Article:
Have you ever heard of the word “cull” before? Know what it means?
It’s a word that comes up during Photography Teams all the time. The students go out and take a ton of pictures. In this digital age, we always take more photos than we need, right? So we need to come back, download them, and cull through them.
Webster’s 1828 defines cull as, “To pick out; to separate one or more things from others; to select from many.” It’s pronounced with a short “u”. Cull. Not call. Not kill. Not Scott Kel-by. But cull.
And why do we photographers cull?
We cull our photos to separate the pleasing ones from the unwanted ones. We cull out the ones that are blurry. Underexposed. Overexposed. Not framed well. Duplicates. The misfits. We look for what’s nice. And we throw out (or forget about) the rest.
Do you feel culled out sometimes?
Do you feel like a misfit? Unwanted? Forgotten about? Are you always under the world’s pressure to measure up? Be the best? Stay ahead? Be cool? To keep from being culled out?
One day, Jesus will cull the whole world. He will separate the sheep from the goats (Matthew 25:32).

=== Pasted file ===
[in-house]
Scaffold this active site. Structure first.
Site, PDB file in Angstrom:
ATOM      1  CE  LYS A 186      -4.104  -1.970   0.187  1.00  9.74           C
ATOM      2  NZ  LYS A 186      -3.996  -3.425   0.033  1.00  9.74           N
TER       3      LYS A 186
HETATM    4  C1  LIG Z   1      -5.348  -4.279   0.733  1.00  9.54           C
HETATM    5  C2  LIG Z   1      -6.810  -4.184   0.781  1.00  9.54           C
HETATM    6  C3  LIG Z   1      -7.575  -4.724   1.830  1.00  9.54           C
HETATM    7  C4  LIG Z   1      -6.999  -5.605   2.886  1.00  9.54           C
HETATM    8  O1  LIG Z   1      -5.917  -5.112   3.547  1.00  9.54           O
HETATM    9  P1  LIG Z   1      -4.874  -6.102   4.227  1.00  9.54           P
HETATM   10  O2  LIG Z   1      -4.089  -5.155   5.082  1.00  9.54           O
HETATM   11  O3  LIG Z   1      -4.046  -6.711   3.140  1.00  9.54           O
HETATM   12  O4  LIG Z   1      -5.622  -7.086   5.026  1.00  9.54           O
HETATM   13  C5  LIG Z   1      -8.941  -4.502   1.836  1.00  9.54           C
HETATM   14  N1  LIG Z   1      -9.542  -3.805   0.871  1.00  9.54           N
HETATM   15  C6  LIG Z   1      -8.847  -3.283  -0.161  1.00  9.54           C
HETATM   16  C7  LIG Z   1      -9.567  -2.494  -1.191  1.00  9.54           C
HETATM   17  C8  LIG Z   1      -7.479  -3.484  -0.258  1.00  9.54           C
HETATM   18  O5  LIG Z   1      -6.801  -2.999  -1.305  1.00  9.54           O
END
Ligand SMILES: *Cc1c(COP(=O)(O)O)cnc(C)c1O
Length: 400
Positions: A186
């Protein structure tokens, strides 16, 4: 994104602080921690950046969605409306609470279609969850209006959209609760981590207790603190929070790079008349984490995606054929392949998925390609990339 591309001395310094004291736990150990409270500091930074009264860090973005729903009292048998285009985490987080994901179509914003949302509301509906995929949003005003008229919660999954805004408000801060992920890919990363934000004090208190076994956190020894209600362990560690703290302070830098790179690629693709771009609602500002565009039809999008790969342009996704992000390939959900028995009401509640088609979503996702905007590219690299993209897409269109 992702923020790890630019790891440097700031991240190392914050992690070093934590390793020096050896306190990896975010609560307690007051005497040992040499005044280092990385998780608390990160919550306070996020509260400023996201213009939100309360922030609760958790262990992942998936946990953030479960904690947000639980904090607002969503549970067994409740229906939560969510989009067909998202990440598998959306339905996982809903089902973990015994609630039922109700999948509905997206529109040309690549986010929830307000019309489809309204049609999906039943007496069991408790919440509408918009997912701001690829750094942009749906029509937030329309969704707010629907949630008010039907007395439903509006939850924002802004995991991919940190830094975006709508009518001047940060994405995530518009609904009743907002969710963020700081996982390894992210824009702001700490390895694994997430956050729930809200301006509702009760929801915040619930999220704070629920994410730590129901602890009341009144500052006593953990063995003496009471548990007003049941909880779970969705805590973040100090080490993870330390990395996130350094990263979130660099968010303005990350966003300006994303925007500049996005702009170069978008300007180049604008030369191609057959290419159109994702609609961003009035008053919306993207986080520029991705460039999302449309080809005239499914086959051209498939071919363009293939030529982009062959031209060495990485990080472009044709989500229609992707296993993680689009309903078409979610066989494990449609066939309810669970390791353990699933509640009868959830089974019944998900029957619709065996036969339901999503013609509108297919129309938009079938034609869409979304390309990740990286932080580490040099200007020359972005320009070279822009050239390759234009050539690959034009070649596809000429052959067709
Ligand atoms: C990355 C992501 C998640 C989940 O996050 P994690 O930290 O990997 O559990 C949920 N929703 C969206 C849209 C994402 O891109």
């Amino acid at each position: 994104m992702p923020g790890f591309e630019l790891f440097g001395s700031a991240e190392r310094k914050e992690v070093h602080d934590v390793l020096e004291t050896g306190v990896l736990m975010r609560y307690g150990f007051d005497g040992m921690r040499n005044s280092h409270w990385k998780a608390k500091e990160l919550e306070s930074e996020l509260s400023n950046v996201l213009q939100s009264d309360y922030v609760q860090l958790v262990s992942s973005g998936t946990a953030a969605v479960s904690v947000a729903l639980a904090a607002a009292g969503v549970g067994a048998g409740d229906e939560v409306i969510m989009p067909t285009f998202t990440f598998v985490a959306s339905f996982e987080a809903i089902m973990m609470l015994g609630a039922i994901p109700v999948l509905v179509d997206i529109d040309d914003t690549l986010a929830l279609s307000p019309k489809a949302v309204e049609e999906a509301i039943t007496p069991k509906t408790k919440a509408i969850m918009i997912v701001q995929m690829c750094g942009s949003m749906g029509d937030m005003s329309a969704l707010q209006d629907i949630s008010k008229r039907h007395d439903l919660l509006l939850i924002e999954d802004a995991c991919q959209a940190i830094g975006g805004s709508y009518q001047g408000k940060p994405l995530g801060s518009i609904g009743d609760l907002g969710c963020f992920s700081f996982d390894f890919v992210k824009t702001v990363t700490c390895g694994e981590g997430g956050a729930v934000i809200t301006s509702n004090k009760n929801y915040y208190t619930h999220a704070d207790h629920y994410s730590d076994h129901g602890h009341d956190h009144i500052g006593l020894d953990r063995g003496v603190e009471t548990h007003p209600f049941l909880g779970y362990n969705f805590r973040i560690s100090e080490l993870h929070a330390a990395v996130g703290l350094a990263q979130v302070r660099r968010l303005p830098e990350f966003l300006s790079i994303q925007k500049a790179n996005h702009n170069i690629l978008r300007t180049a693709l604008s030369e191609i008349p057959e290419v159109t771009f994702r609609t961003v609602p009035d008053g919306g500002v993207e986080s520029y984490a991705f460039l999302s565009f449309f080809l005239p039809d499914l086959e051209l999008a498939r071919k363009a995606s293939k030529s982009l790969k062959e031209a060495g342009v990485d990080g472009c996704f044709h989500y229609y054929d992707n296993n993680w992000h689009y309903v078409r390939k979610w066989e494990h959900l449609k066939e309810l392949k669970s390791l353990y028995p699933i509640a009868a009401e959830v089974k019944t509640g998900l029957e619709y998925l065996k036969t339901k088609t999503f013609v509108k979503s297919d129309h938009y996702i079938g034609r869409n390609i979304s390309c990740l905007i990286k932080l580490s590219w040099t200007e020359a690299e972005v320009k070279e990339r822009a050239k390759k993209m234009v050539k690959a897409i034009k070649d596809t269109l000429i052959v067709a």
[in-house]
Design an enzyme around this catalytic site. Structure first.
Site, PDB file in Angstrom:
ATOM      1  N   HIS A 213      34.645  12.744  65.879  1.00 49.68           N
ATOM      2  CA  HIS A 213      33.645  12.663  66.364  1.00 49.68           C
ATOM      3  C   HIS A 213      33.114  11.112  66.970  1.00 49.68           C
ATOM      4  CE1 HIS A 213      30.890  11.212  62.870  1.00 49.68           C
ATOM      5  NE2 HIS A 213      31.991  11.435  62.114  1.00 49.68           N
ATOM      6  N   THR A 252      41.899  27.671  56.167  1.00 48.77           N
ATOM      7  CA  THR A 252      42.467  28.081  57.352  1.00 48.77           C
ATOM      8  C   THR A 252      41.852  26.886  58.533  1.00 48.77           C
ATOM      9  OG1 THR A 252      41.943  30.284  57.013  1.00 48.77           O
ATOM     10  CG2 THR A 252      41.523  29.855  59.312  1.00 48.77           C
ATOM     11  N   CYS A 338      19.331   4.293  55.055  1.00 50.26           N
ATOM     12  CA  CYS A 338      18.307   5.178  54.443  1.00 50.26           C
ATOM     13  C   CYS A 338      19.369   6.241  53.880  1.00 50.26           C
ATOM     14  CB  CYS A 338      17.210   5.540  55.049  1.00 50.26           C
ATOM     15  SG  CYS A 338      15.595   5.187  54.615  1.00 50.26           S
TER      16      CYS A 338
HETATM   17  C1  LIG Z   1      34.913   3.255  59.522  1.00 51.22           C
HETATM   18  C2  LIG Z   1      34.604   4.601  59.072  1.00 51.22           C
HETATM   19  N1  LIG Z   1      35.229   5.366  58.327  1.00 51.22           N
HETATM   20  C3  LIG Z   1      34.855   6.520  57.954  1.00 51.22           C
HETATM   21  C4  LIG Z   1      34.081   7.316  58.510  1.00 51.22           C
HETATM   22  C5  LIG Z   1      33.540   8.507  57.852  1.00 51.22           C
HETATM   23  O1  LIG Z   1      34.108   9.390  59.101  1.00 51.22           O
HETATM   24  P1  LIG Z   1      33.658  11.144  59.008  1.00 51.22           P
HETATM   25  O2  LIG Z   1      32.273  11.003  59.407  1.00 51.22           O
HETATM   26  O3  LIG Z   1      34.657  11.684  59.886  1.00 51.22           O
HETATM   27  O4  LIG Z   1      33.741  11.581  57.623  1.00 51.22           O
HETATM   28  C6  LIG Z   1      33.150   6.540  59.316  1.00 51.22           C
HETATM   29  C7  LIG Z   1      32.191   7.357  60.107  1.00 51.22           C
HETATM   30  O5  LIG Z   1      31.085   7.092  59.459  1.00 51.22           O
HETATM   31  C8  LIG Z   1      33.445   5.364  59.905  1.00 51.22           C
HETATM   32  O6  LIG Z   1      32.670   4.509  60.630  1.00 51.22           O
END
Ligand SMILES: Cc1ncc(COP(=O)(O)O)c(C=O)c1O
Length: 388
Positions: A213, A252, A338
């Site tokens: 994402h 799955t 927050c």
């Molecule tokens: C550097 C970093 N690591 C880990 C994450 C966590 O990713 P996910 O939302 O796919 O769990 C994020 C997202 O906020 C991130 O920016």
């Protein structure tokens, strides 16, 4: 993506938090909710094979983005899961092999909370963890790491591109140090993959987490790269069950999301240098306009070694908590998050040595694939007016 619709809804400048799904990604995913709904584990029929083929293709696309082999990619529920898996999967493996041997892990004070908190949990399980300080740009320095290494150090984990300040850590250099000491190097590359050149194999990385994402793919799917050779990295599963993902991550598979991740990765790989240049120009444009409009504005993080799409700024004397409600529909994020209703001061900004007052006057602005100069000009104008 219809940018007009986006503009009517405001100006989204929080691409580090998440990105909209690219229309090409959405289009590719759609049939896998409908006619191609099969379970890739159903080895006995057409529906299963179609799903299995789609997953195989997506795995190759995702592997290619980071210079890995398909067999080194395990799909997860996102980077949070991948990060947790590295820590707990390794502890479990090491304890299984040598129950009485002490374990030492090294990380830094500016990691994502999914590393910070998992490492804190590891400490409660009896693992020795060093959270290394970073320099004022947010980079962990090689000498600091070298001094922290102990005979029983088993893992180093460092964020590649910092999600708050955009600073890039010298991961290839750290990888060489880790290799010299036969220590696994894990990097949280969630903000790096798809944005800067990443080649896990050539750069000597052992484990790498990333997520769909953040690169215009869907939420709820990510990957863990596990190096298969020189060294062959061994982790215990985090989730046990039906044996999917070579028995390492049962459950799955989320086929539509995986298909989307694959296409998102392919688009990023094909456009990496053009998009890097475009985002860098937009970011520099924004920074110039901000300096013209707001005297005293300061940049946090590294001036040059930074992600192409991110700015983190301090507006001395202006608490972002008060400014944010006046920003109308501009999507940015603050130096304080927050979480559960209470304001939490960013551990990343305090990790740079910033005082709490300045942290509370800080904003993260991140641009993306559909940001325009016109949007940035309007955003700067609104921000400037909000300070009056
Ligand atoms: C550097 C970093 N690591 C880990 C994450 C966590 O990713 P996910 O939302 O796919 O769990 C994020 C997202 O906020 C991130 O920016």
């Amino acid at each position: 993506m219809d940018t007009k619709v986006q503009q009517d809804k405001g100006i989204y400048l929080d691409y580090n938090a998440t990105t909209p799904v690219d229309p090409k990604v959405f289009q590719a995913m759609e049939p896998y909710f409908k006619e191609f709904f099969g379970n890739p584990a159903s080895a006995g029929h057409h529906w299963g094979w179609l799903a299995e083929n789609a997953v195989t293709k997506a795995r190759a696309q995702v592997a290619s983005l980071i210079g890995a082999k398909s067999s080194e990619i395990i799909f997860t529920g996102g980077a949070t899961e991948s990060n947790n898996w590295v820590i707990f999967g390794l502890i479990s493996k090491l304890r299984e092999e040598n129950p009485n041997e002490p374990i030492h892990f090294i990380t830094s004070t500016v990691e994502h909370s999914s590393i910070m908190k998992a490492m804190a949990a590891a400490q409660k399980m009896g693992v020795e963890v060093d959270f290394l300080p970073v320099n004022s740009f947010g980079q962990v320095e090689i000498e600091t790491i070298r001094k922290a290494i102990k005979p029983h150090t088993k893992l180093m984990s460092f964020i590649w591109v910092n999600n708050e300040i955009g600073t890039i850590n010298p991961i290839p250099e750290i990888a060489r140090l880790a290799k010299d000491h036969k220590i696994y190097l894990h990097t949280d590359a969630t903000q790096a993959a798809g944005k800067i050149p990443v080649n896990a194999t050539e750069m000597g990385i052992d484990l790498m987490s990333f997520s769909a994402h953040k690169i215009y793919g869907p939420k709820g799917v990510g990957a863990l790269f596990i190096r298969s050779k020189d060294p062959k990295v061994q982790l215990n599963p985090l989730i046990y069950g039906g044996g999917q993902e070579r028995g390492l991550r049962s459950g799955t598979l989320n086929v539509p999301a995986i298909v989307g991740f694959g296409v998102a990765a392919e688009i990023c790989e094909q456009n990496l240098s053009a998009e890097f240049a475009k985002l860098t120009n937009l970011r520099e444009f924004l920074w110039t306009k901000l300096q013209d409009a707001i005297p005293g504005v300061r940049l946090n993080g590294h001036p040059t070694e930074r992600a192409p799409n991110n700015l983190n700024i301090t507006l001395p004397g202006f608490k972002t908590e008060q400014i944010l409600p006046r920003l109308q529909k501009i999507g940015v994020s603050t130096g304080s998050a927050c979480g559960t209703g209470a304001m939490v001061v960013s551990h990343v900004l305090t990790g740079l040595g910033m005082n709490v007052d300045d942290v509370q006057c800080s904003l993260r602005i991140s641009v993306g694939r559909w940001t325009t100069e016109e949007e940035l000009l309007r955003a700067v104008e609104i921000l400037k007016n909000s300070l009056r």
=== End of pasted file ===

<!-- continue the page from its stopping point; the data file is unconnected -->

But until then, He doesn’t cull. He calls.
And not based on performance. Not how sharp we are. Not how good we look. “For ye see your calling, brethren, how that not many wise men after the flesh, not many mighty, not many noble, are called: but God hath chosen the foolish things of the world to confound the wise; and God hath chosen the weak things of the world to confound the things which are mighty; and the base things of the world, and things which are despised, hath God chosen…” (I Corinthians 1:26-28a)
God sifts through the culled photos, looking for those who He can call.
“For the grace of God that bringeth salvation hath appeared to all men, teaching us that, denying ungodliness and worldly lusts, we should live soberly righteously, and godly, in this present world; looking for that blessed hope, and the glorious appearing of the great God and our Savior Jesus Christ; who gave Himself for us, that he might redeem us from all iniquity, and purify unto himself a peculiar (set-apart) people, zealous of good works.” (Titus 2:11-14)